1. Wow! Such a bold move!! That’s what struck me so much in Greenfield’s story – how normal it was for his kids to know their neighbors and walk the streets of “unsafe” places. Prayers for your family as you embark on this journey!

  4. I appreciated this post and am looking forward to reading the book. We know a family of six who lives this. They take in the homeless and recovering drug addicts and make them part of their family. They love as Jesus loved and are some of the most humble people I know. God works miracles in physical and monetary ways and their needs seem to always be met. God is so good in how he uses each of us to do his work with unique gifting for his ultimate Glory. Ephesians 4:16

  5. I’m afraid I don’t have much personal interaction with those “unlike” me; I teach history at a middle-class Christian university that is frighteningly monolithic. Our church works with local schools–overwhelmingly poor/rural–to provide snacks for under-nourished children on weekends/evenings, tutoring, etc., and we do other community outreach. But as I try to stretch my students to reach beyond the bounds of the comfortable–socially and spiritually as well as academically–I crave voices and resources that call me to do the same, and to provide examples of how to live an actually missional life wherever I find myself. I have loved Craig’s blogs and other writings, and have been excited to see the release of this book. Thanks for your support for Craig, and for this giveaway!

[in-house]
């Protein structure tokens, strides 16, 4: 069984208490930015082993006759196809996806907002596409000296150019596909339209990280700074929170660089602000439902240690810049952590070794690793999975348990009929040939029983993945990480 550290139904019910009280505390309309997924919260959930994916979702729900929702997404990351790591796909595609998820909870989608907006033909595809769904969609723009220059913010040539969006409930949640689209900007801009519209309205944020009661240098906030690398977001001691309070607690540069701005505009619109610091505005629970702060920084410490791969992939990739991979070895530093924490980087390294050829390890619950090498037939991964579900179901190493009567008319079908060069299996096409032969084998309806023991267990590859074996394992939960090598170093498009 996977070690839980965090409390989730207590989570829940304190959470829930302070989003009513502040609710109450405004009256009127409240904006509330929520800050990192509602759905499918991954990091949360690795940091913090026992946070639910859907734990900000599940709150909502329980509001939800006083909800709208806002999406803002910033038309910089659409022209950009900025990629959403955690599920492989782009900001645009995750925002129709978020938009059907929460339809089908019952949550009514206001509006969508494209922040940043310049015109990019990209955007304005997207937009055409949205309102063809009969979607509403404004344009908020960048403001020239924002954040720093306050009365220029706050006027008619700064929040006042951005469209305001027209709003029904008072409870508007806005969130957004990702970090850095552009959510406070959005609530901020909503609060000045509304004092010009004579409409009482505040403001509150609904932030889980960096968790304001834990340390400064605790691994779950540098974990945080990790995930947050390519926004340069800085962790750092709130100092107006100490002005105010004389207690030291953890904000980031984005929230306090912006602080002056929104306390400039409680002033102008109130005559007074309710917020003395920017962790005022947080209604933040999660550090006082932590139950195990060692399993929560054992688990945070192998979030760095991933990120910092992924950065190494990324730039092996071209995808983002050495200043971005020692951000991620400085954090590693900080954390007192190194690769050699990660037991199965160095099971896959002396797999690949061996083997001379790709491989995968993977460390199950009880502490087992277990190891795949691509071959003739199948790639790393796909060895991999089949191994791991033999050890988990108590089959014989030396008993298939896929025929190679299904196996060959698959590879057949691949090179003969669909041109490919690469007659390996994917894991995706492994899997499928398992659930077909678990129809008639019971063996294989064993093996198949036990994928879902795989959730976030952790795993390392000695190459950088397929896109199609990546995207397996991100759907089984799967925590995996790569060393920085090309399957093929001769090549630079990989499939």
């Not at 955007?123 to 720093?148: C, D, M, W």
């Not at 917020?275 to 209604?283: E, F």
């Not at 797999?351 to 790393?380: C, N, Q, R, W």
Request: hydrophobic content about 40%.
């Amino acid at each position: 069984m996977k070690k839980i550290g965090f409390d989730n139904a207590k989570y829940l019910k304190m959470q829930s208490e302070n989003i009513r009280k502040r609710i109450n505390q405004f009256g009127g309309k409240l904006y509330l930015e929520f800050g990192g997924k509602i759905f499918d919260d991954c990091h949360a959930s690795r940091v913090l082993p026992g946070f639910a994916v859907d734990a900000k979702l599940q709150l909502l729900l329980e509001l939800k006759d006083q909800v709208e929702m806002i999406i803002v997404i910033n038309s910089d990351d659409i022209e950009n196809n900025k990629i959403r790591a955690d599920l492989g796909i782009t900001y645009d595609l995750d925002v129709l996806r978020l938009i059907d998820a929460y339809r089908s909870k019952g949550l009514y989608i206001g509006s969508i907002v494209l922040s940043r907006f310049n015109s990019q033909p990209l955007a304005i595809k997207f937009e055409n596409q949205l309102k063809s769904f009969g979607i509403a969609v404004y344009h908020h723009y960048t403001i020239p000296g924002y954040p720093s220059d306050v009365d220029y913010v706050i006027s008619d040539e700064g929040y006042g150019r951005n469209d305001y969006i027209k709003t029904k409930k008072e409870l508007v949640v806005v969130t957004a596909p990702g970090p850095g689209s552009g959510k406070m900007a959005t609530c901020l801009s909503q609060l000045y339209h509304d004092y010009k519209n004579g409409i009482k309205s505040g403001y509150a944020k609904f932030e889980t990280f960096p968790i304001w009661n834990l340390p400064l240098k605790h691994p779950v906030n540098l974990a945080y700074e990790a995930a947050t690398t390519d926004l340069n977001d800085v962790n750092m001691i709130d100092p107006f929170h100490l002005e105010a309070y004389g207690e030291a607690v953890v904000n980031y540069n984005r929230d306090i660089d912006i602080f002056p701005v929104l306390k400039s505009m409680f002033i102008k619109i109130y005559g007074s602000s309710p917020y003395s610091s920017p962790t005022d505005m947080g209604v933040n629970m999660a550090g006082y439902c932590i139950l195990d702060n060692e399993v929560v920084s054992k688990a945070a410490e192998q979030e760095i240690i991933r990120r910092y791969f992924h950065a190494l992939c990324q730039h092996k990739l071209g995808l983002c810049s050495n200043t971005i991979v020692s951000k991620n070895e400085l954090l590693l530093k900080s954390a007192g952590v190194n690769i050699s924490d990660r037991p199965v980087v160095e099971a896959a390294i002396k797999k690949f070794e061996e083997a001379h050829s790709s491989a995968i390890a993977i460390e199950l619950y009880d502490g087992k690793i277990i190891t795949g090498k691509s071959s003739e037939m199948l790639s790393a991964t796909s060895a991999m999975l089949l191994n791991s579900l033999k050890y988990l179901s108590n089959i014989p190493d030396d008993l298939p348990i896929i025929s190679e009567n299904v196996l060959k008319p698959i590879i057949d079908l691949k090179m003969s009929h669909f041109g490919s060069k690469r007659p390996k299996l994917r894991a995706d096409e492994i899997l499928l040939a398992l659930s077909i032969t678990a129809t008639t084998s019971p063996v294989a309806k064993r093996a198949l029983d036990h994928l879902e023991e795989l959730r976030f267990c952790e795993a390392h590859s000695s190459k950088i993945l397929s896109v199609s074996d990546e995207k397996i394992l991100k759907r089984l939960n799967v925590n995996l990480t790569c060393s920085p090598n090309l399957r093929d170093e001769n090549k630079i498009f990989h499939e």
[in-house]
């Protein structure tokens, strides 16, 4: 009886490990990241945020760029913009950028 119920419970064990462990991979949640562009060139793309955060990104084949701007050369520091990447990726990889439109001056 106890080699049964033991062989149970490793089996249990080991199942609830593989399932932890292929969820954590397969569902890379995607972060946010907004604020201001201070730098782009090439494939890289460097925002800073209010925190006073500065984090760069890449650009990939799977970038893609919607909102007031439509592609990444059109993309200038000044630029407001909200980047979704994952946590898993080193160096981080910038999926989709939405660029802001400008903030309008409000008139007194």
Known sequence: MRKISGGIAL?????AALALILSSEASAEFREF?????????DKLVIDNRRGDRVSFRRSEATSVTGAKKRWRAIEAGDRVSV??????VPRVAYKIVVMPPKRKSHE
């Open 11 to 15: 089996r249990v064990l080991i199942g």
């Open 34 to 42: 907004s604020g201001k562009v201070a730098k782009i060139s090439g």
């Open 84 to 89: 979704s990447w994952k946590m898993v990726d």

1. I think that’s so important, too – to stretch the ideas and comfort of those who are happily living in the status-quo. Craig talks about that, too – that we need people to teach in upper middle class settings and to share the radical message of Jesus there, as well.

  6. I engage with others who are different from me as individuals who will help me in my ongoing conversion into Christ. I need all types of people who challenge my assumptions so I can encounter Christ in all people.